Domitian, 81-96. Aureus (Gold, 20 mm, 7.61 g, 7 h), Rome, 87. IMP CAES DOMIT AVG•GER•M P M•TR•P•VI Laureate head of Domitian to right. Rev. IMP•XIIII COS XIII•CENS•P•P•P Germania, bare-chested and draped from the waist, seated to right on decorated hexagonal Germanic shield, placing her head on her left hand in attitude of mourning; below, broken spear. BMC -. Calicó 882 (same reverse die). Cohen -. RIC 513. Very rare. A splendid example with an elegant portrait and an exceptionally detailed reverse. Some traces of mounting and with a few faint marks, otherwise, nearly extremely fine.
Ex Numismatica Ars Classica 120, 6-7 October 2020, 738, Triton XXIII, 14 January 2020, 711 and Leu 2, 11 May 2018, 248.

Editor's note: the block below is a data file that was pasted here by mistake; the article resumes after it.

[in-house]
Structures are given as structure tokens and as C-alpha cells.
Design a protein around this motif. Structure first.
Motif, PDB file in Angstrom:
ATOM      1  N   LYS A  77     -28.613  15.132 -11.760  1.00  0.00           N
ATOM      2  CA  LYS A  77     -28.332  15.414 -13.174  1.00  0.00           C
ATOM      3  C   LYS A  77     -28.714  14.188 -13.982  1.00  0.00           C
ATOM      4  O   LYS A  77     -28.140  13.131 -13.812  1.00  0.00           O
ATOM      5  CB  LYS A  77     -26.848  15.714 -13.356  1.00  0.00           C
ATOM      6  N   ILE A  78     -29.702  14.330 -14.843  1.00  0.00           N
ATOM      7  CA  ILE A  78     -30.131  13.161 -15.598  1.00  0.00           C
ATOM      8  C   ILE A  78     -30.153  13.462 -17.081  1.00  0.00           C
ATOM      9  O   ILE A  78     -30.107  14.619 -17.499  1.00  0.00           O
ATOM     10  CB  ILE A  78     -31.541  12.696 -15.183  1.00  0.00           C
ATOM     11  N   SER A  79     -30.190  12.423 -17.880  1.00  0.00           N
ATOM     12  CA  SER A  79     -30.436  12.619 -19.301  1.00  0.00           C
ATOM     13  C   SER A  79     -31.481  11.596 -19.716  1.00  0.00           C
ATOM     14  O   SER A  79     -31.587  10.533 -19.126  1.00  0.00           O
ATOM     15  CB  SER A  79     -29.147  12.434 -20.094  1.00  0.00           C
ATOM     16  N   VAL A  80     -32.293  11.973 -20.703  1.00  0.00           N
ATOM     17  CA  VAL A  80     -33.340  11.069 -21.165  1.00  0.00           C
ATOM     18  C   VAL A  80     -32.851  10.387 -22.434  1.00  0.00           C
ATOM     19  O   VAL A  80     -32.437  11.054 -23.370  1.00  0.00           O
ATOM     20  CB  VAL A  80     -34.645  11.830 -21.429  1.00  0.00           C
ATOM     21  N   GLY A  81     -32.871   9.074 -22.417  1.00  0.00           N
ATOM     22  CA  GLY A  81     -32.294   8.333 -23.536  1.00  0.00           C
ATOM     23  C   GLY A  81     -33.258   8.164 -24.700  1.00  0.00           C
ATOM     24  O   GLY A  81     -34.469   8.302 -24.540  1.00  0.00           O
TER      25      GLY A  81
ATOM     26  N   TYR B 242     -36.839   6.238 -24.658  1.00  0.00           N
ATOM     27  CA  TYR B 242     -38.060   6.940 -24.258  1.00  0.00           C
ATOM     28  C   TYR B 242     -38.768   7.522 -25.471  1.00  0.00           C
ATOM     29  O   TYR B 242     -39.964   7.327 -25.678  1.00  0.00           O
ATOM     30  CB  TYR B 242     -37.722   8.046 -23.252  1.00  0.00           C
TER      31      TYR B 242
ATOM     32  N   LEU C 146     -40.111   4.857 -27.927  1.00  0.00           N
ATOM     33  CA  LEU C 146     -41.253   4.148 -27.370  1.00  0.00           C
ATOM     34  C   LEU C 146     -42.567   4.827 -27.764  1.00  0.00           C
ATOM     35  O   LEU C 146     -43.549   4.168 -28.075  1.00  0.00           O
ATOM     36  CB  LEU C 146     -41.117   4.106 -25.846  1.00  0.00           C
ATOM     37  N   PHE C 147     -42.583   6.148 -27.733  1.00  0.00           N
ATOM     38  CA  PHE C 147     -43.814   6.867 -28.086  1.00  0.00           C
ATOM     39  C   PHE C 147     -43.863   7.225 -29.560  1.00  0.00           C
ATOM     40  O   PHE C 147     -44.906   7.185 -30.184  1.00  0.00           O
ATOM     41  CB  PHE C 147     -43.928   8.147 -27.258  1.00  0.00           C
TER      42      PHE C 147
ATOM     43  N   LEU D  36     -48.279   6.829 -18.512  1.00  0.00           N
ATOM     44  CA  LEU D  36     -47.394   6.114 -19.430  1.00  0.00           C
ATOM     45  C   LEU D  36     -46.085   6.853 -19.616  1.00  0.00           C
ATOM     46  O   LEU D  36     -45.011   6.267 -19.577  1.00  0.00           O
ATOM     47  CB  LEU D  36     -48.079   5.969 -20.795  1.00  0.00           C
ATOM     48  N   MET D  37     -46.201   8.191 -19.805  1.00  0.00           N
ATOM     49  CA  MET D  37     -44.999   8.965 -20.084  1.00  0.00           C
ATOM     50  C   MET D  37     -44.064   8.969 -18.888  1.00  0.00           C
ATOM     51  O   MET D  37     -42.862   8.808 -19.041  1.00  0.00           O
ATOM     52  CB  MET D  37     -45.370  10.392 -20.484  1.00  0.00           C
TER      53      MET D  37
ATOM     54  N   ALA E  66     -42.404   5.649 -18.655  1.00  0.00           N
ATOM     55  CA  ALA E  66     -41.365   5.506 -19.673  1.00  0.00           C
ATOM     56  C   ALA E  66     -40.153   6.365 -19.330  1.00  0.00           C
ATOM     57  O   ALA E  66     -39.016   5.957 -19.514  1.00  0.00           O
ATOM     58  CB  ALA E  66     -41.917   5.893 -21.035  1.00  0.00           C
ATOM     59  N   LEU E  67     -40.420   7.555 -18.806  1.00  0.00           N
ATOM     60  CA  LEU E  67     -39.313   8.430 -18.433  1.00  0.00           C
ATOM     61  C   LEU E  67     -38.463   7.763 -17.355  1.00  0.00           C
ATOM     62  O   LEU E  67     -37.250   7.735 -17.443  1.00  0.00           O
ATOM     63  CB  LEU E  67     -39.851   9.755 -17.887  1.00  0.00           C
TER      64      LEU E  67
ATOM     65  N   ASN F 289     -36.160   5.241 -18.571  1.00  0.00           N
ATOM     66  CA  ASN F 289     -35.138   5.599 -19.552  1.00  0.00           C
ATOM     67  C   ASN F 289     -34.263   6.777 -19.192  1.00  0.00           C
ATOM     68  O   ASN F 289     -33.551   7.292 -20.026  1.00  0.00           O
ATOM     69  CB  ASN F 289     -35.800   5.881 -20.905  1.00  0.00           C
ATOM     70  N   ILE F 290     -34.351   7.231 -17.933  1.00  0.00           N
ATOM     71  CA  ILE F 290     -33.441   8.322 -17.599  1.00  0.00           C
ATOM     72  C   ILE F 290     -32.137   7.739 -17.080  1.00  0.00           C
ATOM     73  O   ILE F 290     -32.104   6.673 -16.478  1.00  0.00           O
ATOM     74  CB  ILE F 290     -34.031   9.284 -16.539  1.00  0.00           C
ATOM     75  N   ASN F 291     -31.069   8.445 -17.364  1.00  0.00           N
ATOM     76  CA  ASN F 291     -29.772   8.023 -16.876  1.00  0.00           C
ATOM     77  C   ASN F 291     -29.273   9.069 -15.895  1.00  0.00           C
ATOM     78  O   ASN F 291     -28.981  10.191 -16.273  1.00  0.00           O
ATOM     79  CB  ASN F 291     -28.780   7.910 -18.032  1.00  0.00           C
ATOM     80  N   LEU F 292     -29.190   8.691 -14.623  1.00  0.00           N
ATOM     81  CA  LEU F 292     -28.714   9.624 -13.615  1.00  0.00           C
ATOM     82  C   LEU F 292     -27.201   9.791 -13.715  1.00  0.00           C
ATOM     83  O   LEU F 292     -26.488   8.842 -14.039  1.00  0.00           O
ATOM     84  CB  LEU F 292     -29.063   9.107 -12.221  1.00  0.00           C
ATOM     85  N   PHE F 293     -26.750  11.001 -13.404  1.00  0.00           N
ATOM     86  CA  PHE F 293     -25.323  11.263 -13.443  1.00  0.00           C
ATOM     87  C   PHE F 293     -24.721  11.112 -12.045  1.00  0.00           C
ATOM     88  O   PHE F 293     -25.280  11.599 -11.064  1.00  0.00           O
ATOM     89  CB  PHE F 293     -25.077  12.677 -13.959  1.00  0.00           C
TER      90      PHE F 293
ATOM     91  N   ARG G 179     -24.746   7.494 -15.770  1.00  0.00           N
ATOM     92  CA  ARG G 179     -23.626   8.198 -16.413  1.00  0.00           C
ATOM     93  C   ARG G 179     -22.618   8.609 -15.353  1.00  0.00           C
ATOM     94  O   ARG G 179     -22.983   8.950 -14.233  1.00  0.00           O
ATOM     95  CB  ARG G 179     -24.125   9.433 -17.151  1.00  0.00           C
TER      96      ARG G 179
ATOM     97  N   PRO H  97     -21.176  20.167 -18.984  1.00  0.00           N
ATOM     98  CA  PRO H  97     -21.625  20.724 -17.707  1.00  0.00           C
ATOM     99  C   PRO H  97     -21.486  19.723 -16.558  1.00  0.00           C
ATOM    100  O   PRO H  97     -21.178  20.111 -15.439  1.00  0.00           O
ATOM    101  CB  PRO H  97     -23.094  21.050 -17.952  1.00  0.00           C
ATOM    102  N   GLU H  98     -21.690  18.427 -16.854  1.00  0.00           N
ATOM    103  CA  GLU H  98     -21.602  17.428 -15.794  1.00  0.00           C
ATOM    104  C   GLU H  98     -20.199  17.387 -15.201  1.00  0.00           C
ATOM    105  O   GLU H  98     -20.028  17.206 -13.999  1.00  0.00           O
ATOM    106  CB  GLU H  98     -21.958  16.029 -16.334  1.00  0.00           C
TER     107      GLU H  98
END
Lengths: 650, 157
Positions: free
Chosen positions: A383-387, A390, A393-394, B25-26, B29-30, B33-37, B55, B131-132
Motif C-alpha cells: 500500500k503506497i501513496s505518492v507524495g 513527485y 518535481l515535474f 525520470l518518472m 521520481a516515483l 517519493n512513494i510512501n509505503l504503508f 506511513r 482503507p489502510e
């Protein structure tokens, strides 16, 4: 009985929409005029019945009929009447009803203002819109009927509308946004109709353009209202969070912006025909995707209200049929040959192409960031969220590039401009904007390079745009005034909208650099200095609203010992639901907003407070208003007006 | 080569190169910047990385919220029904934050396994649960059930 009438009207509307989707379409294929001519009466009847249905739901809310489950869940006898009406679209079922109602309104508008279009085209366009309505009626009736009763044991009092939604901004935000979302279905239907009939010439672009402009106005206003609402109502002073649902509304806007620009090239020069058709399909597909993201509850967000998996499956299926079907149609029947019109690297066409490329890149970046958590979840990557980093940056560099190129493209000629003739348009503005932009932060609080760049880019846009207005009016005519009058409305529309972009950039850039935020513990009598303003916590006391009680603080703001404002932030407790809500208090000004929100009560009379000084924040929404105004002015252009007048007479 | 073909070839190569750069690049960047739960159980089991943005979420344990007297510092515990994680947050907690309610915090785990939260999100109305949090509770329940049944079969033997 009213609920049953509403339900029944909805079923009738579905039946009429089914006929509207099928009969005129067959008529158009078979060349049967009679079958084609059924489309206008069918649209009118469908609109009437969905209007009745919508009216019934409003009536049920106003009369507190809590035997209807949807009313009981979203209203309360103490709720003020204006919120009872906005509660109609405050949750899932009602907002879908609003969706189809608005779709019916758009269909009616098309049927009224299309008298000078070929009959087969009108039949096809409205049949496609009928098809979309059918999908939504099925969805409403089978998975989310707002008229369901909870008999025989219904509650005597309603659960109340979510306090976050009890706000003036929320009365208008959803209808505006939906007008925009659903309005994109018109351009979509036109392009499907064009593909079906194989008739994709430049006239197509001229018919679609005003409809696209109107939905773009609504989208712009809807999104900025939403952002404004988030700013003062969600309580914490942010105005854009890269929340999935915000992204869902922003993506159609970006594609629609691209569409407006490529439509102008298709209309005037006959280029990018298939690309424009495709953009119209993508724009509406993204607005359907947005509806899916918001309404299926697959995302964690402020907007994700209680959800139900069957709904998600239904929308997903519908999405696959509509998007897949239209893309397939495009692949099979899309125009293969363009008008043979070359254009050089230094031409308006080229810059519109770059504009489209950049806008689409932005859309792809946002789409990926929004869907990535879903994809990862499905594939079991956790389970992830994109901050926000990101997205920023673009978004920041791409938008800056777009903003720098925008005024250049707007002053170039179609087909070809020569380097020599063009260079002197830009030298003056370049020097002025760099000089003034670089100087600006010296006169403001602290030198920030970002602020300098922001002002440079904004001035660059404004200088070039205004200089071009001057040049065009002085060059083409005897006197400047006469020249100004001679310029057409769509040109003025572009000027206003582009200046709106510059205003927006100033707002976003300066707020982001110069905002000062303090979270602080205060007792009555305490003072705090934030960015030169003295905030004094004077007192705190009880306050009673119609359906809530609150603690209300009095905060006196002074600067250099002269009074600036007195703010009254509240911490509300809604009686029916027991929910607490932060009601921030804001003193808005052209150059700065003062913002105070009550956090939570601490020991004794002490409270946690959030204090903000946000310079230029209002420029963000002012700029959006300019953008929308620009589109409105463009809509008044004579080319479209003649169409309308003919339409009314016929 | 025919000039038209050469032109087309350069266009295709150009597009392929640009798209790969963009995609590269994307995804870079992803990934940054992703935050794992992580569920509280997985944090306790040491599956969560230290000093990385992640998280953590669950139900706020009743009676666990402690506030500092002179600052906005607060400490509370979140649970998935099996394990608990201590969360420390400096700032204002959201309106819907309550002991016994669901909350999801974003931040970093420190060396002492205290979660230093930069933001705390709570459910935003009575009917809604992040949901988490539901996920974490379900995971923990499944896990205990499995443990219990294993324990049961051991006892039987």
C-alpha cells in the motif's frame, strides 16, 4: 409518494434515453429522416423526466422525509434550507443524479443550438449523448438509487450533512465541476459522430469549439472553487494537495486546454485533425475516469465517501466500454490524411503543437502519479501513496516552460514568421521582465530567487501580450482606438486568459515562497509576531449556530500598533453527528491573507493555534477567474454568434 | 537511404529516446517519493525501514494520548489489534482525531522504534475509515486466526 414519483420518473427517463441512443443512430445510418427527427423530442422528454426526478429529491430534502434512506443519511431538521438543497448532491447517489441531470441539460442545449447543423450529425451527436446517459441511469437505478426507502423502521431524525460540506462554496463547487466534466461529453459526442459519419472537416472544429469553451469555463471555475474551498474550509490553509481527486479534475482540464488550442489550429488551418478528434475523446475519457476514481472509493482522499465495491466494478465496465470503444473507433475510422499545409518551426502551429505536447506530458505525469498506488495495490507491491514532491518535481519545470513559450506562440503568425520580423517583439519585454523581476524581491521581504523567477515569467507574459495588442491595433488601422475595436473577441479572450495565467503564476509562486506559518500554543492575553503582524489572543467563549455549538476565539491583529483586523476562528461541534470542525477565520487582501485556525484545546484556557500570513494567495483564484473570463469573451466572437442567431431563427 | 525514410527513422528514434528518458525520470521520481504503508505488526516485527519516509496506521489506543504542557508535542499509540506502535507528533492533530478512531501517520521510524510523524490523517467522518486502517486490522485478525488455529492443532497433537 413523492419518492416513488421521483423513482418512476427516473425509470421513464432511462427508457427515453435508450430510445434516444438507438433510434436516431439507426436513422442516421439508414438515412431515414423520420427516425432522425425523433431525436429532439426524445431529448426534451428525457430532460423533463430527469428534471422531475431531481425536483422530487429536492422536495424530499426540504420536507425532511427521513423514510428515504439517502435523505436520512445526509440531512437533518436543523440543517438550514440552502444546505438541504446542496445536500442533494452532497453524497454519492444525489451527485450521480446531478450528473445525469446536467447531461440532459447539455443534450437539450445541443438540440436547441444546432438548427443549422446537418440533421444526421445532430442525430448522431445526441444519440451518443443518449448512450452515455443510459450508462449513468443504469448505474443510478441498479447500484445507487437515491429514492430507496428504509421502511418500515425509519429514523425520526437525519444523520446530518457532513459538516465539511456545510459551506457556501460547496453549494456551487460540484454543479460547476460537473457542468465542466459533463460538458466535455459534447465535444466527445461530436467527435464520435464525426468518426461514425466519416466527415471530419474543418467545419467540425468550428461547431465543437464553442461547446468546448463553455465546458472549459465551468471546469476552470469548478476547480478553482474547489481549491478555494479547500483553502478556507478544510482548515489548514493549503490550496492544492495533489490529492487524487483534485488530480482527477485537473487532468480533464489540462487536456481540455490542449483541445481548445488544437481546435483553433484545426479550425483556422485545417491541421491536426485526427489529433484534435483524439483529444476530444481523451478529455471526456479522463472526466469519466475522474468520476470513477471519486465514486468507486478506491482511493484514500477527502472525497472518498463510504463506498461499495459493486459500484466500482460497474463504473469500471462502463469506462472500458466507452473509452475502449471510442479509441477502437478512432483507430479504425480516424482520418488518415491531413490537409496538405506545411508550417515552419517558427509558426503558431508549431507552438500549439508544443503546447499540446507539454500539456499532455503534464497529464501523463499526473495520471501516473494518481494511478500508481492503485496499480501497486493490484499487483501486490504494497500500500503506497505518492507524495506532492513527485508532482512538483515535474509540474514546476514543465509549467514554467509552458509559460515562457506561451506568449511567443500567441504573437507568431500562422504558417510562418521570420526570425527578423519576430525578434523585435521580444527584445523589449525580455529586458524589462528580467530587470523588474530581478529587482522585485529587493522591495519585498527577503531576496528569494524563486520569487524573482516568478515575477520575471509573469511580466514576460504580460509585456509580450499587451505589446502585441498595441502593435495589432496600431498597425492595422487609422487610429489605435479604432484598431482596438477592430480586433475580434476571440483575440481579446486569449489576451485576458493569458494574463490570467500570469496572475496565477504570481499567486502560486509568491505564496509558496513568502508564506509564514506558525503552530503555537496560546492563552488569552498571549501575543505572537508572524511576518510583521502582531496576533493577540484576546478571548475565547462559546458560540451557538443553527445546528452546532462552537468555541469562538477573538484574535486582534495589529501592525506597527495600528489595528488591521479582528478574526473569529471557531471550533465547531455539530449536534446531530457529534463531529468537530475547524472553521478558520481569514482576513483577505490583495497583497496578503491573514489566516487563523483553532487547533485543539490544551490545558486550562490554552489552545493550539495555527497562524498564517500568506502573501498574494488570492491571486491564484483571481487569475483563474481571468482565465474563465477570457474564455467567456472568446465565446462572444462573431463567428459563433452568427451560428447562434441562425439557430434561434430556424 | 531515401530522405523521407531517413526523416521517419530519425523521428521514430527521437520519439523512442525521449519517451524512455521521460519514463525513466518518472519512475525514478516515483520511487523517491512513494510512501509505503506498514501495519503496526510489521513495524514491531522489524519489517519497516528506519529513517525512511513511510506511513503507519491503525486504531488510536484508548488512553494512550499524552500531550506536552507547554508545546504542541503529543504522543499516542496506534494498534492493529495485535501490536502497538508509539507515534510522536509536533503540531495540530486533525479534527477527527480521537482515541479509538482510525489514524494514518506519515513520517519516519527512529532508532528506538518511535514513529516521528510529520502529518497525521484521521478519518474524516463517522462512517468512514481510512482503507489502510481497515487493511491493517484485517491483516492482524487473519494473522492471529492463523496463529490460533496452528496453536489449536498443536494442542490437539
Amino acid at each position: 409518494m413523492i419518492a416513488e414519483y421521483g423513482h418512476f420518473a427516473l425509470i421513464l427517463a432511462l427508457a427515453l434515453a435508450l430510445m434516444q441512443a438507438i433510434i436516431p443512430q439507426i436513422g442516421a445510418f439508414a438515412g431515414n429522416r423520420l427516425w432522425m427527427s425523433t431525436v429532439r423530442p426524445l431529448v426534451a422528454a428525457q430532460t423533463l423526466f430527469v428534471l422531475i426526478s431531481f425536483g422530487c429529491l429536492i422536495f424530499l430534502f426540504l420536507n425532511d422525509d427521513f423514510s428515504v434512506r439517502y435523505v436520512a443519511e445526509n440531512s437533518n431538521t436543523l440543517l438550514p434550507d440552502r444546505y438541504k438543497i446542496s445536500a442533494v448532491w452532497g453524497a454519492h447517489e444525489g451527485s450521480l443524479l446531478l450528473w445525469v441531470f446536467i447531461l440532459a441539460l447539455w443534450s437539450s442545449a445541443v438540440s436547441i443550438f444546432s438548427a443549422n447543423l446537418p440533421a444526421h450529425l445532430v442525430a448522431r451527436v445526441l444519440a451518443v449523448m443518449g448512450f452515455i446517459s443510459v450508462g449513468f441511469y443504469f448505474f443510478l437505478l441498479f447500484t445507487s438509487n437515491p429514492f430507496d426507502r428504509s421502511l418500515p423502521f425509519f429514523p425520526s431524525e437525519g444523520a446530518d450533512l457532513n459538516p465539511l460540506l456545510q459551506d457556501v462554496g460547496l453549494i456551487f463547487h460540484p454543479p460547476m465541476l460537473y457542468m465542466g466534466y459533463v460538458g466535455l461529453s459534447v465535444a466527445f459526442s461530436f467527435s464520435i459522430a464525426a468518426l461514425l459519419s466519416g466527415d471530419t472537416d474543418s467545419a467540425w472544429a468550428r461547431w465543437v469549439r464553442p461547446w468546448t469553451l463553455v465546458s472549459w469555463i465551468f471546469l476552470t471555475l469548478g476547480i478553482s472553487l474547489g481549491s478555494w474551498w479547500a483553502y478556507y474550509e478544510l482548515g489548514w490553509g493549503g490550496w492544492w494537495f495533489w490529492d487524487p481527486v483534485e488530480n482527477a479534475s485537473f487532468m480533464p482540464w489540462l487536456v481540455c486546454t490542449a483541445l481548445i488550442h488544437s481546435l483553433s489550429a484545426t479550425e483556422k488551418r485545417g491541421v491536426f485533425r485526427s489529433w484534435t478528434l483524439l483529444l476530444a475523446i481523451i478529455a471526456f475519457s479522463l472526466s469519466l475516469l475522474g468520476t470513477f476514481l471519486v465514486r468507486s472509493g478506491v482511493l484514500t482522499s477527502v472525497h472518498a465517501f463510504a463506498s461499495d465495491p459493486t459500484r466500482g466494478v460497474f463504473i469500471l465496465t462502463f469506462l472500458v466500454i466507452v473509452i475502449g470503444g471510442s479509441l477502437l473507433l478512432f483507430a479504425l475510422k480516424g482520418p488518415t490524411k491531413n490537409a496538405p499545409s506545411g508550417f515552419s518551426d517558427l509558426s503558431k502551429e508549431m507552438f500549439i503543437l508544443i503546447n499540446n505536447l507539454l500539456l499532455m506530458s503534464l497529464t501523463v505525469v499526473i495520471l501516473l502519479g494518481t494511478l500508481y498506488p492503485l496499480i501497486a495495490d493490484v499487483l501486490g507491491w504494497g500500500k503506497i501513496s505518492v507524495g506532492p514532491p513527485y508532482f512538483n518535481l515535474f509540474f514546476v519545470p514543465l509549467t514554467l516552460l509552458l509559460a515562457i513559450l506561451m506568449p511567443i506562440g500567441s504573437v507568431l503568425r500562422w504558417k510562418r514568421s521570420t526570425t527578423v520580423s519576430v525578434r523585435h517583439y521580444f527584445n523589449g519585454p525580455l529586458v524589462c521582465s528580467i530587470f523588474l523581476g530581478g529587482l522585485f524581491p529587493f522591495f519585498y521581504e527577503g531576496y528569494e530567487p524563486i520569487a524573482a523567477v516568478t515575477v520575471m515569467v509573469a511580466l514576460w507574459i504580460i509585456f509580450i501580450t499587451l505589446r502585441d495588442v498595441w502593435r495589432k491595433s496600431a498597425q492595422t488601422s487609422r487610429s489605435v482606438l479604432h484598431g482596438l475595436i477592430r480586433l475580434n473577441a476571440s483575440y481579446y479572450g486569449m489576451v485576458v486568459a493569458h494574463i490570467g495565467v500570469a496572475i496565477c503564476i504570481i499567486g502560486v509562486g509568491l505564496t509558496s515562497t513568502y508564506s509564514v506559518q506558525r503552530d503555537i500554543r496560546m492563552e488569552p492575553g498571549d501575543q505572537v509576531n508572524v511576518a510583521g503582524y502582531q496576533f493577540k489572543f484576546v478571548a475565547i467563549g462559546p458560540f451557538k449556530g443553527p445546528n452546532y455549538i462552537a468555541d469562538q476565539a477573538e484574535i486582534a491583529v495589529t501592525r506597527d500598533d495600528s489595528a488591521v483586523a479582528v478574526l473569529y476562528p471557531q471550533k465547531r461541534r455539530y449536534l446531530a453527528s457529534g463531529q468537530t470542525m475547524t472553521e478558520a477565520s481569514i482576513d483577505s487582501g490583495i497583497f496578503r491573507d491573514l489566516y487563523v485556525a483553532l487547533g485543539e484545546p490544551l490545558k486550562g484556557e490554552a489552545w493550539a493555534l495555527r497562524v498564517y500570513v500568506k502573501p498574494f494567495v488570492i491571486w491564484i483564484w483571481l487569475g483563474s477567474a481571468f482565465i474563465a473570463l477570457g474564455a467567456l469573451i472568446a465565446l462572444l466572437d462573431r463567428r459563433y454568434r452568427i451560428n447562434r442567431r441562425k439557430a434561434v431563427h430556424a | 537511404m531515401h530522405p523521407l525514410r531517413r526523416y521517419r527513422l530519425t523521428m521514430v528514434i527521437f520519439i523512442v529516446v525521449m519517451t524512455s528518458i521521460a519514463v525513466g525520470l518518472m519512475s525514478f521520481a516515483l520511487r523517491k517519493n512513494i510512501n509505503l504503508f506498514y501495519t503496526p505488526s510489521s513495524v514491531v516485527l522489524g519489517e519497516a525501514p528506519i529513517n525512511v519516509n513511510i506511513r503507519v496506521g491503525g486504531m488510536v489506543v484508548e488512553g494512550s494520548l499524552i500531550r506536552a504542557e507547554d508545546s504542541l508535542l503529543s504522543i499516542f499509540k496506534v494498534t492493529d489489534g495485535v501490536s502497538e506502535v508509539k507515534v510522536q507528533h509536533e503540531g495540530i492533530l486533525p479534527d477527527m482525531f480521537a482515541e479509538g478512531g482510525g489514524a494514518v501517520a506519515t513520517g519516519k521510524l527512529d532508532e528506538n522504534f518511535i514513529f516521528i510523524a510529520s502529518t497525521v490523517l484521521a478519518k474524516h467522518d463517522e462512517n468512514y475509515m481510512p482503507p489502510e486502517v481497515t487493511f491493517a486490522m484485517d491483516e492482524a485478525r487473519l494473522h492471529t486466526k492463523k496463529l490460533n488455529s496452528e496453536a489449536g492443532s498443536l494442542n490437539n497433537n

Contemporary and modern historians have long cast doubts on the proclaimed successes of Domitian in Germany, which Tacitus commented with a dismissive 'in recent times we have celebrated triumphs rather than won conquests over them [the Germans]' (Tac. Germ. 37.5). It is true that Domitian's campaigns of 83-85 against the Chatti led to a massive output of triumphal coins, which clearly follow the example set by Vespasian's Iudaea Capta-issues and certainly pursued propagandistic goals. On the other hand, we have to take into account the notorious hostility of the senatorial historiography towards the last Flavian emperor, which resulted in the downplay of most of his achievements. The fact that the upper Rhine region and the agri decumates saw no serious barbarian invasions in the century after his reign indicates that Domitian's campaigns and measures must have been quite successful, and they actually permitted his successors to relocate considerable forces to the Danube and Syrian frontiers.